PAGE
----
Rich Hill revived his career at just the right time. (Alex Brandon/Associated Press)

A year and a half ago, Rich Hill was the last player cut from the Washington Nationals’ roster coming out of spring training, a stopover on a steep career descent that bottomed out that summer when, devoid of better options, he signed on with the independent Long Island Ducks, the last resort of baseball’s most desperate.

When Hill, a 36-year-old left-hander, re-signed with the Los Angeles Dodgers for three years and $48 million Monday, the first inclination was to view the deal in baseball terms: The top starting pitcher in a historically weak free agent market landed with the team for which he excelled during last fall’s playoff run at Chavez Ravine.

But to grasp the full astonishment of the Hill signing, one is required to see it in human terms: A guy who was one small step from being out of the game a little more than a year ago – there being nowhere lower to go had he flamed out on Long Island – just signed a contract for life-changing money. It’s no wonder Hill choked up several times when addressing the media at the MLB Winter Meetings at the Gaylord National Resort and Convention Center in Oxon Hill, Md.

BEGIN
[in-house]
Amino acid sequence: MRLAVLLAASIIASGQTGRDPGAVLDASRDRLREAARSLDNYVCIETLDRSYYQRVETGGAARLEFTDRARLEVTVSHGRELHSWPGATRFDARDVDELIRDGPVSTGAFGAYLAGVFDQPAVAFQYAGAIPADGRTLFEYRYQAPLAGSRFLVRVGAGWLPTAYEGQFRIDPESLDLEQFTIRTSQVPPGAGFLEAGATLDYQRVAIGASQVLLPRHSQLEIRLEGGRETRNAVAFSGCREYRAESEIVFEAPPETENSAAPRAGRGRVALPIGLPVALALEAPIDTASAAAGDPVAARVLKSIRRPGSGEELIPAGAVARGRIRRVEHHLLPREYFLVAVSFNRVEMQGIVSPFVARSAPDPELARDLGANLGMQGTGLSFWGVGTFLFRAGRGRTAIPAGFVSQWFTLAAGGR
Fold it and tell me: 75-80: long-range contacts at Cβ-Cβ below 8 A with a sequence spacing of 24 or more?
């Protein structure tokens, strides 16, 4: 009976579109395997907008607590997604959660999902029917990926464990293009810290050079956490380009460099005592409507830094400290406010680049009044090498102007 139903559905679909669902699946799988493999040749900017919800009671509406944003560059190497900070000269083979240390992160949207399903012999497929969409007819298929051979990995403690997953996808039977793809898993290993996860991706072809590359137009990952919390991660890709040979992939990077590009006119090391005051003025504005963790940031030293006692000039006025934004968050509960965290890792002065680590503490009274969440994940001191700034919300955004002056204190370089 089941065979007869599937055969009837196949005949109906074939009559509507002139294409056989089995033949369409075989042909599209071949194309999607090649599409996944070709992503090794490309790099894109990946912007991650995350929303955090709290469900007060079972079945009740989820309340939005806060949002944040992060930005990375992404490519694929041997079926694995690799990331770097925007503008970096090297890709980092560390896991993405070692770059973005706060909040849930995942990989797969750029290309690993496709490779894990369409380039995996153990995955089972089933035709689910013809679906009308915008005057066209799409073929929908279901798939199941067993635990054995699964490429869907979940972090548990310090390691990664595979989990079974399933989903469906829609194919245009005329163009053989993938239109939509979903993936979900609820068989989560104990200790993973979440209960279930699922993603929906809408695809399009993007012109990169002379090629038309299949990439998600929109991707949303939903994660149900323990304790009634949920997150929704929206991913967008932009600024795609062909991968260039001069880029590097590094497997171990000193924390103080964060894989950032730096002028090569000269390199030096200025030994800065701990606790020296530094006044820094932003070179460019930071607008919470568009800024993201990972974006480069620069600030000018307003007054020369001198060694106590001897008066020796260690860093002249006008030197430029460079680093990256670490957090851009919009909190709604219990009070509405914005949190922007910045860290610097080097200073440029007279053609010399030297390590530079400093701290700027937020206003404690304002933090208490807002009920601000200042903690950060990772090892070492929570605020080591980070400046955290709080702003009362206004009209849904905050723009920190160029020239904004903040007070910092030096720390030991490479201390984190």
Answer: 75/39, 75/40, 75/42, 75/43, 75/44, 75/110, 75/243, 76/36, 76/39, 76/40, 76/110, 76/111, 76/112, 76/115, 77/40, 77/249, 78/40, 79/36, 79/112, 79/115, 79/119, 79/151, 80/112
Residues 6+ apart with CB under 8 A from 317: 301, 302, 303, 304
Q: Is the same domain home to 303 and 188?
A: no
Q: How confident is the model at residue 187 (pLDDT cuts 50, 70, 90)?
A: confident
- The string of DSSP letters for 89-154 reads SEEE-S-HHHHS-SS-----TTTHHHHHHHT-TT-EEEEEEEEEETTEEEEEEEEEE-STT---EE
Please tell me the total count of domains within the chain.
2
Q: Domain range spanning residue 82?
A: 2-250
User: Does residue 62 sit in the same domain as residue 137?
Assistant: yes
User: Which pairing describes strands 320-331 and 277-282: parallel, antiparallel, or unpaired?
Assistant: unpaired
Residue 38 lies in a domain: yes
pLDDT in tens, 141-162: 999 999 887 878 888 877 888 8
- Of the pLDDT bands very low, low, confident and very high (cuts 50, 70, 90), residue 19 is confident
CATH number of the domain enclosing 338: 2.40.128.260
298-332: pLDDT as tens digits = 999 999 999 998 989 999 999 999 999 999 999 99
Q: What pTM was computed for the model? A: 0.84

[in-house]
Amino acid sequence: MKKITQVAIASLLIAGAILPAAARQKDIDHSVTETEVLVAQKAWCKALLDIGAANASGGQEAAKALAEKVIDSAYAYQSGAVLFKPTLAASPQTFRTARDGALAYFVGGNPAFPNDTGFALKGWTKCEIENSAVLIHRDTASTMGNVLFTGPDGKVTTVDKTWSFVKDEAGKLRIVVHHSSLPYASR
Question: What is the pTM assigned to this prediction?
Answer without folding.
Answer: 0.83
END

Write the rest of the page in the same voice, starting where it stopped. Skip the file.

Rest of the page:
“I don’t think we were close to packing it in,” Hill said when asked whether, at his lowest point, he ever considered retirement. “I never thought I was done. But there’s a lot of emotion up here. It’s been an incredible journey to get to this point.”

Hill turned his career around with the 2015 Ducks, pitching well enough in two August starts to attract the attention of the Boston Red Sox, who signed him to a minor league deal and called him up in September. He turned that audition into a one-year, $6 million contract with the Oakland Athletics for 2016.

Hill was a revelation for the Dodgers at the end of 2016, going 3-2 with a 1.83 ERA in six starts after being acquired via trade in August, then beating the Chicago Cubs with six shutout innings in Game 3 of the National League Championship Series. Now, despite exceeding 100 innings pitched in the big leagues only twice in a 12-year career, he is the clear No. 3 starter – behind Clayton Kershaw and Kenta Maeda – in the rotation of the defending NL West champions.

“So much of our confidence [in Hill] comes from knowing him,” Dodgers General Manager Andrew Friedman said. “There aren’t 10 guys that I’ve been around in my career that ranked as highly as Rich does in terms of having that truly innate, burning desire to win.”

The 2016-17 free agent market will move on from Rich Hill, and at some point so will the Los Angeles Dodgers franchise. But for Hill himself, the deal he signed Monday will affect his life and that of his family forever, and sometimes that’s the most important takeaway.